On May 21, 2021, amivantamab-vmjw, a bispecific antibody directed against EGFR and MET receptors, was granted accelerated approval for treatment of adults with locally advanced or metastatic non–small cell lung cancer (NSCLC) with EGFR exon 20 insertion mutations, as detected by a U.S. Food and Drug Administration (FDA)-approved test, whose disease has progressed on or after platinum-based chemotherapy.1,2 The FDA also approved the Guardant360® CDx as a companion diagnostic for amivantamab.
Supporting Efficacy Data
Approval was based on findings in the multicenter, multicohort, phase I CHRYSALIS trial (ClinicalTrials.gov identifier NCT02609776).2 Efficacy was evaluated in 81 patients who had advanced NSCLC with EGFR exon 20 insertion mutations and disease progression on or after platinum-based chemotherapy. Patients received intravenous (IV) amivantamab at 1,050 mg (for patients weighing < 80 kg) or 1,400 mg (for those weighing ≥ 80 kg) once weekly for 4 weeks, then every 2 weeks thereafter until disease progression or unacceptable toxicity.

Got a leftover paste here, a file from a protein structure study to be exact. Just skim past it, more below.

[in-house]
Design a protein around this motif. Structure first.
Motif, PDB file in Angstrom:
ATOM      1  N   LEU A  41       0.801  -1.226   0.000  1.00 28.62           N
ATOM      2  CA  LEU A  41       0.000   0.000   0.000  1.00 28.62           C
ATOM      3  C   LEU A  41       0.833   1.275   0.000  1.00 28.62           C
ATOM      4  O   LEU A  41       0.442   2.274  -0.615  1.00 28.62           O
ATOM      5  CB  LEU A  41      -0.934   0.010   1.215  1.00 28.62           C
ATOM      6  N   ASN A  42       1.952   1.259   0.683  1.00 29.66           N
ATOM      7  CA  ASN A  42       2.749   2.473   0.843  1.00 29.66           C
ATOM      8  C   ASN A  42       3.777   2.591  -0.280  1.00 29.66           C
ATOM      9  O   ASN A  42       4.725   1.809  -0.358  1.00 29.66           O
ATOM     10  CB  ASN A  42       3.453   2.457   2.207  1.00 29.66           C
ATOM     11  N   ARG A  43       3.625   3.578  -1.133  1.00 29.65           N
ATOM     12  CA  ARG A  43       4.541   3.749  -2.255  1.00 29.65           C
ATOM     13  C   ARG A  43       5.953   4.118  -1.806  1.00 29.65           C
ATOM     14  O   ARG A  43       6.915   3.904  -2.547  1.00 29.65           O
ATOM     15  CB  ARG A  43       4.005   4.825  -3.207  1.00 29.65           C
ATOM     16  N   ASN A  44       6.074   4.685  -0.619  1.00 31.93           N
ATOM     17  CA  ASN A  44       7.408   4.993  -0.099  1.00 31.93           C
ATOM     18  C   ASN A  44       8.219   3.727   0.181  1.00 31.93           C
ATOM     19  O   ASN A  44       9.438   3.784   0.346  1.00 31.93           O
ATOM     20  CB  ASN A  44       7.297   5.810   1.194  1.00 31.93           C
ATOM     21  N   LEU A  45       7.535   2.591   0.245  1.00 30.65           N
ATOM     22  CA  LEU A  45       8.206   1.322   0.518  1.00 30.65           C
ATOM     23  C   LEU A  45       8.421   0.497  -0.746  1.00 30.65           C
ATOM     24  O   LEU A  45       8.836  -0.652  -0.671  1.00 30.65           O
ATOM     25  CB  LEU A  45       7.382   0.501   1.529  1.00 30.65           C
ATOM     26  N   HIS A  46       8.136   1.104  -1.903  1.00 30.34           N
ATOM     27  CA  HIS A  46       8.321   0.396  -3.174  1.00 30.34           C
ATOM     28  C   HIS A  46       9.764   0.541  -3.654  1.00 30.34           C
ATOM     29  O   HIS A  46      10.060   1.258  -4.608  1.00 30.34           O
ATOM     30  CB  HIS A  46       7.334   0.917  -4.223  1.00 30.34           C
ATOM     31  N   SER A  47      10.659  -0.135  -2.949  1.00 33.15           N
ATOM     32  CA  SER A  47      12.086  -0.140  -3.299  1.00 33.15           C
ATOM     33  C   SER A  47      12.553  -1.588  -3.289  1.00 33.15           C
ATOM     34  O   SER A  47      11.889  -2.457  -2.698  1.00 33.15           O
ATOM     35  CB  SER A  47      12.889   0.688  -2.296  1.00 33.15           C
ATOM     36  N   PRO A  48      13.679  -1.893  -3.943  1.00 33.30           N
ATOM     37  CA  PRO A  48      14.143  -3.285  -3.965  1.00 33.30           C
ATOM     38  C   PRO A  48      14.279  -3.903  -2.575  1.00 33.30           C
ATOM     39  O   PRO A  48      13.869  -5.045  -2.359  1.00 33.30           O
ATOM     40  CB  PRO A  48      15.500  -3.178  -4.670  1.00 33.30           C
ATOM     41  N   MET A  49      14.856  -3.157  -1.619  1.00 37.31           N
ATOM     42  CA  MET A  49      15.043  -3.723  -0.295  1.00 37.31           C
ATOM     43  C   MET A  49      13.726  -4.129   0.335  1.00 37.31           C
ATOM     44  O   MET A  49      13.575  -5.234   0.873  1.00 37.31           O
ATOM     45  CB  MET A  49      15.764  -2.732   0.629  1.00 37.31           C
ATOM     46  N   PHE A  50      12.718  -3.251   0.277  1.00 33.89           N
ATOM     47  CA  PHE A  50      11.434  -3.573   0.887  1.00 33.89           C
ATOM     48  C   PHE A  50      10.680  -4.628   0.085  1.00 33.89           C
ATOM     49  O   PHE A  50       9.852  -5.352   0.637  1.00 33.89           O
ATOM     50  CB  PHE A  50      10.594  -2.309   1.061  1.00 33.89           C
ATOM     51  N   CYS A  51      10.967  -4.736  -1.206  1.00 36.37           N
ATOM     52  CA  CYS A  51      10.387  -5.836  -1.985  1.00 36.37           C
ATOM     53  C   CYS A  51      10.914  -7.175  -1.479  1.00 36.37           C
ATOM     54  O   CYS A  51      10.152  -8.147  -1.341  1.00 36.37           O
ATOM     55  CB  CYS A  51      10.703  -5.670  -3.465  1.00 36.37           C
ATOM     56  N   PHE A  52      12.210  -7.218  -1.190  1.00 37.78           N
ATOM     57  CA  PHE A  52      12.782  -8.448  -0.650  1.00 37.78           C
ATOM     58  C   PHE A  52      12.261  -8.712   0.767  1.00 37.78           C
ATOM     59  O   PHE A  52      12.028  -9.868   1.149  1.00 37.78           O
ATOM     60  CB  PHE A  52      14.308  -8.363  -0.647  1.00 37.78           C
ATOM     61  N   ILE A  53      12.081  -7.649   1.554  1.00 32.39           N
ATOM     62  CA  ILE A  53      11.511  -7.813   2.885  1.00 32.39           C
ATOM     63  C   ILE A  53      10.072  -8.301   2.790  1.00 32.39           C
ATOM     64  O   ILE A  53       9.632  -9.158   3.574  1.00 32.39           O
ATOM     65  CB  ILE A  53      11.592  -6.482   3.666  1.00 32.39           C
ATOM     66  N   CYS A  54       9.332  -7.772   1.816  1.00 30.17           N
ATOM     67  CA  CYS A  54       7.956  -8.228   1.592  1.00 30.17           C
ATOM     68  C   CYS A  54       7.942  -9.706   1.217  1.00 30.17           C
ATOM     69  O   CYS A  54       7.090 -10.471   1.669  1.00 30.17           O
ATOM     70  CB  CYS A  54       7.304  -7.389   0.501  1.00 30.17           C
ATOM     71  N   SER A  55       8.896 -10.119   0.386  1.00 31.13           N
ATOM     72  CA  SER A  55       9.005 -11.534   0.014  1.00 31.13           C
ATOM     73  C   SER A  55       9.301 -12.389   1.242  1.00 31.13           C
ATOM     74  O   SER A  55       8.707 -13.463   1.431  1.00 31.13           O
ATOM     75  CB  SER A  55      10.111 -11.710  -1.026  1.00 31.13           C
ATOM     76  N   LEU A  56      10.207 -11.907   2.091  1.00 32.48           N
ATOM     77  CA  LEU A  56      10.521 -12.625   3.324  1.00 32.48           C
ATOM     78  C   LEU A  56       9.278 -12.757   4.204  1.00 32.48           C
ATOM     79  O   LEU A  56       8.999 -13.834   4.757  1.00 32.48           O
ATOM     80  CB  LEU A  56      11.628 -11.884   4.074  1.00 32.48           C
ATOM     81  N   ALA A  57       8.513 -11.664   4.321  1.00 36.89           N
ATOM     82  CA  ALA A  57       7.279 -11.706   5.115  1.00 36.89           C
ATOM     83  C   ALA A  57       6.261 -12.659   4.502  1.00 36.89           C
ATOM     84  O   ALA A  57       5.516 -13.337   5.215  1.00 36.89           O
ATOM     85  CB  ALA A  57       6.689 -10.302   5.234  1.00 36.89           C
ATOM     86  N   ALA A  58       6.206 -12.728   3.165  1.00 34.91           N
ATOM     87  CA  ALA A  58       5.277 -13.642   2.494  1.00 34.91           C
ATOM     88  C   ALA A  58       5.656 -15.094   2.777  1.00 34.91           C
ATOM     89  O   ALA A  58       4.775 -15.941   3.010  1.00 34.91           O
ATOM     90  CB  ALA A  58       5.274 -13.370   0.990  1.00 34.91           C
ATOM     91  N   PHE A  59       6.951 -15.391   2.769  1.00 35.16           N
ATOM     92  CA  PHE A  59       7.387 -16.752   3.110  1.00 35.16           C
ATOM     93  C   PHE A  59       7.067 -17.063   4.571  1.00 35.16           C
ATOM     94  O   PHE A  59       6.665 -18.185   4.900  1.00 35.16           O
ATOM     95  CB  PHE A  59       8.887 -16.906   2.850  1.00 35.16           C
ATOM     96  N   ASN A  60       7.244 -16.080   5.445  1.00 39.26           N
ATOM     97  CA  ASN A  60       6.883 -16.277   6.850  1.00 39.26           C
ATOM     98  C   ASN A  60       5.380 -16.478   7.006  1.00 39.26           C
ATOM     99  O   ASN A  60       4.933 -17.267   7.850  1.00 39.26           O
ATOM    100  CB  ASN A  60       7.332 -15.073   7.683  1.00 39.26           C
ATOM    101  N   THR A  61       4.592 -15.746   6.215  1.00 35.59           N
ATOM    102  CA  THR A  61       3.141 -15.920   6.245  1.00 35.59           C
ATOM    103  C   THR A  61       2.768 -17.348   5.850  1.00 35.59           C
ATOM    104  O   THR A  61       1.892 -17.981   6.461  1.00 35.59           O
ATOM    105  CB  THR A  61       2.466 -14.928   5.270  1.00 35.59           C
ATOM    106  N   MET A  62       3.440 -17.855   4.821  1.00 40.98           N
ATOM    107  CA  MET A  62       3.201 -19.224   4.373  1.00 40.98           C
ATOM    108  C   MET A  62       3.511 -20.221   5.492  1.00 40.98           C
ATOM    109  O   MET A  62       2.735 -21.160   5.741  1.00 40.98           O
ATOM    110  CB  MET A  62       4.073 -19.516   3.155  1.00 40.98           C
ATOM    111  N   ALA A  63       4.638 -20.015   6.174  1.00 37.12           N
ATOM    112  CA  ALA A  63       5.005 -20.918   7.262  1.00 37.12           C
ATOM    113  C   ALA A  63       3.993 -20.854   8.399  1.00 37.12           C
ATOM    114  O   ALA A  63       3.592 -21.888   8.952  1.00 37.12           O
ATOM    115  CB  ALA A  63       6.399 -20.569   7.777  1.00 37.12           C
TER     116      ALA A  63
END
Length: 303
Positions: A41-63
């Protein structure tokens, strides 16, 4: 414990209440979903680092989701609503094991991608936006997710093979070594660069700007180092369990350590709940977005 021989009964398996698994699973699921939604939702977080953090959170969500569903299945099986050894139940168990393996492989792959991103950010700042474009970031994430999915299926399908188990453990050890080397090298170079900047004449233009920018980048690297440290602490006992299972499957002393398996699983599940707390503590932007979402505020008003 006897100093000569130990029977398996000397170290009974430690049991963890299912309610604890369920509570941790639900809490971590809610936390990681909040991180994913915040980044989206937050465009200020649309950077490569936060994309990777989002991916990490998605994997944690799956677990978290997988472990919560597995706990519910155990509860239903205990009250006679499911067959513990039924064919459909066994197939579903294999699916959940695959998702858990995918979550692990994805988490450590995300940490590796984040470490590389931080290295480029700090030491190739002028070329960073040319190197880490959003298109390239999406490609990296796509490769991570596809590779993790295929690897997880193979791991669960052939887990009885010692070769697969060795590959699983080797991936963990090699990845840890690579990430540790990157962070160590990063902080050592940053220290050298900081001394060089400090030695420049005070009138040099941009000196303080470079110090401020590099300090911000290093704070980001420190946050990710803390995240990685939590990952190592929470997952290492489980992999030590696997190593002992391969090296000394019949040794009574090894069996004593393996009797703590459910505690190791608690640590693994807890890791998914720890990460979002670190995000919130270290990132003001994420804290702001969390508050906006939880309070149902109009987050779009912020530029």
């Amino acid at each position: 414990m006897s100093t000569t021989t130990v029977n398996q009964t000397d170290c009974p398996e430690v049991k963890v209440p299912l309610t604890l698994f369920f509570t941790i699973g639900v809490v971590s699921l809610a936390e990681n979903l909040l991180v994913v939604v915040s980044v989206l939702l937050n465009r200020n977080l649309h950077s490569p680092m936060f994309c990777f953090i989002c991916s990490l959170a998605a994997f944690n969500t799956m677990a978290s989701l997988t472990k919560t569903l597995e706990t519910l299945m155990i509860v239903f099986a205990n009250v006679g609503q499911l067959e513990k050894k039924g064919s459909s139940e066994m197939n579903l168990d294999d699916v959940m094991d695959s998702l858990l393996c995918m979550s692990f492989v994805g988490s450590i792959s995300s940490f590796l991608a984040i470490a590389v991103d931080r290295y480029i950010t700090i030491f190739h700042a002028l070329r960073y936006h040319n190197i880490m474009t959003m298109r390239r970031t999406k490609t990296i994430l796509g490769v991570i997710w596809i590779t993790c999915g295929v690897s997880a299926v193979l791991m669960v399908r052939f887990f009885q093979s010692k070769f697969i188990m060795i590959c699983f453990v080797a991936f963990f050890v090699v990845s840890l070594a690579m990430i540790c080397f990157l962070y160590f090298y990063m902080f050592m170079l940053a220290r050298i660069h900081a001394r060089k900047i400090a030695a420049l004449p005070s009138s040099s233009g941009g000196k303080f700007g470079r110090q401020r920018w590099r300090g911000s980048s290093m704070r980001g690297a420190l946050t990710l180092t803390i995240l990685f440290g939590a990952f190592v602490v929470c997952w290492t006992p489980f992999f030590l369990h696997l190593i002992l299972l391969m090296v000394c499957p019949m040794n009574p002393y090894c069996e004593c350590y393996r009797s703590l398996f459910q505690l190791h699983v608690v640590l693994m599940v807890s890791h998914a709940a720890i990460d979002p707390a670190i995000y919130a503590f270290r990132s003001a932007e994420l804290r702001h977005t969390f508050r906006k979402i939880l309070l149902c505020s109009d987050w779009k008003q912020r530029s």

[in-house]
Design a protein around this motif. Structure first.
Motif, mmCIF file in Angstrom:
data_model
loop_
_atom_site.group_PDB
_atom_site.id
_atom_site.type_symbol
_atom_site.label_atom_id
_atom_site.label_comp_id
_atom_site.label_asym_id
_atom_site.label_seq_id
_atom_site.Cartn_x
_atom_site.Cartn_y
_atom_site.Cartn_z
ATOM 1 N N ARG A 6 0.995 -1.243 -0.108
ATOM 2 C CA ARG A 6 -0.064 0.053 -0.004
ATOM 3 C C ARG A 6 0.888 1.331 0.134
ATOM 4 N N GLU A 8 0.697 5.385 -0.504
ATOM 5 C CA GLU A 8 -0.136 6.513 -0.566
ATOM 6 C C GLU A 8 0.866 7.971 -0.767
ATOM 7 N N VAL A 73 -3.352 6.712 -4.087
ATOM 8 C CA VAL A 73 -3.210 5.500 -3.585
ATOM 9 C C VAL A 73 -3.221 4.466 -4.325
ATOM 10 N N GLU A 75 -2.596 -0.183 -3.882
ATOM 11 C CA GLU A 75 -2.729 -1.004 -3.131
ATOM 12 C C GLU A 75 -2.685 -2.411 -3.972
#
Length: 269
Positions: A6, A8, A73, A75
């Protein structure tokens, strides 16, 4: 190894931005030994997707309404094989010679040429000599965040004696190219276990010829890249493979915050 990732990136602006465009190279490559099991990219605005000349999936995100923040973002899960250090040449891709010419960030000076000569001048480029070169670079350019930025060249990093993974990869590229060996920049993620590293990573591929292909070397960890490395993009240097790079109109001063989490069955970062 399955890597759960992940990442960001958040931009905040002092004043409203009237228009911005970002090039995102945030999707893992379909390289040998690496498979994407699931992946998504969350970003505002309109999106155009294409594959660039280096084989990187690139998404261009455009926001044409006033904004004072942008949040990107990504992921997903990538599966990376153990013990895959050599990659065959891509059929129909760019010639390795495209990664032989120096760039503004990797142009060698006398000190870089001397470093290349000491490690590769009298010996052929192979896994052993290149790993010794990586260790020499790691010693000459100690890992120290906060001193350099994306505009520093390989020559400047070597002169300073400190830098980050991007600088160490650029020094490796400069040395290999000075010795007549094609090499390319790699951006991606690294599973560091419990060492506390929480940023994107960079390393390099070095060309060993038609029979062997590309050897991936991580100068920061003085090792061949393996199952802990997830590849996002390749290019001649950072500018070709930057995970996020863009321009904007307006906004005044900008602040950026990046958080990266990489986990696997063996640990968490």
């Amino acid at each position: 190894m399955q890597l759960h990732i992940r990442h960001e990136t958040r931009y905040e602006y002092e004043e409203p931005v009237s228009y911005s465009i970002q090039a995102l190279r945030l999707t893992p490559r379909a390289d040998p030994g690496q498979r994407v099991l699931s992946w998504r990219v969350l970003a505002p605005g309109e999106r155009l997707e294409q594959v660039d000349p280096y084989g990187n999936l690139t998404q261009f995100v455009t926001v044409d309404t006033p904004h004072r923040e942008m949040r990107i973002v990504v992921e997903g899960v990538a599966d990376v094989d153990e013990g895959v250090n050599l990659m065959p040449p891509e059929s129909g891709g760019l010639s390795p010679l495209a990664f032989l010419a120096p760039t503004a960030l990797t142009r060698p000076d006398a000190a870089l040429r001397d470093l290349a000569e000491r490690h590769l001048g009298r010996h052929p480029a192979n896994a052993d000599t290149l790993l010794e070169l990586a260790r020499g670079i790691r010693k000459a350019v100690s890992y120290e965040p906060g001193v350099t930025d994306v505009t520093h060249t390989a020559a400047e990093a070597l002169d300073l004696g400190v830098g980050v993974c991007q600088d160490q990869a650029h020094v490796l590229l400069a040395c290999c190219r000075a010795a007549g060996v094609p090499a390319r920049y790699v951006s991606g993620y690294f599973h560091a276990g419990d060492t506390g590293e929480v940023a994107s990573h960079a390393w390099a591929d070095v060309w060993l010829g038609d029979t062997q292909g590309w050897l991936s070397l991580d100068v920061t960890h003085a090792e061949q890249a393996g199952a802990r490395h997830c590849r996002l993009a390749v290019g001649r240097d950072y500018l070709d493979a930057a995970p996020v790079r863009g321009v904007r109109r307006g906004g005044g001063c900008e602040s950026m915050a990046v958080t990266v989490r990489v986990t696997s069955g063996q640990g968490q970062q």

Among all 81 patients, median age was 62 years (range = 42–84 years), 59% were female, and 49% were Asian, 37% were White, and 2.5% were Black. Eastern Cooperative Oncology Group performance status was 1 in 67%, 74% had a baseline body weight of < 80 kg, 95% had adenocarcinoma, and 46% had received prior immunotherapy. The median number of prior therapies was two (range = 1–7), and 53% never smoked. All patients had metastatic disease, and 22% had previously treated brain metastases.
The main efficacy outcome measures were overall response rate on Response Evaluation Criteria in Solid Tumors version 1.1, as evaluated by blinded independent central review and response duration. An objective response was achieved in 32 patients (40%, 95% confidence interval [CI] = 29%–51%), with a complete response in 3 (3.7%). Median response duration was 11.1 months (95% CI = 6.9 months to not evaluable), with 63% of responses lasting at least 6 months.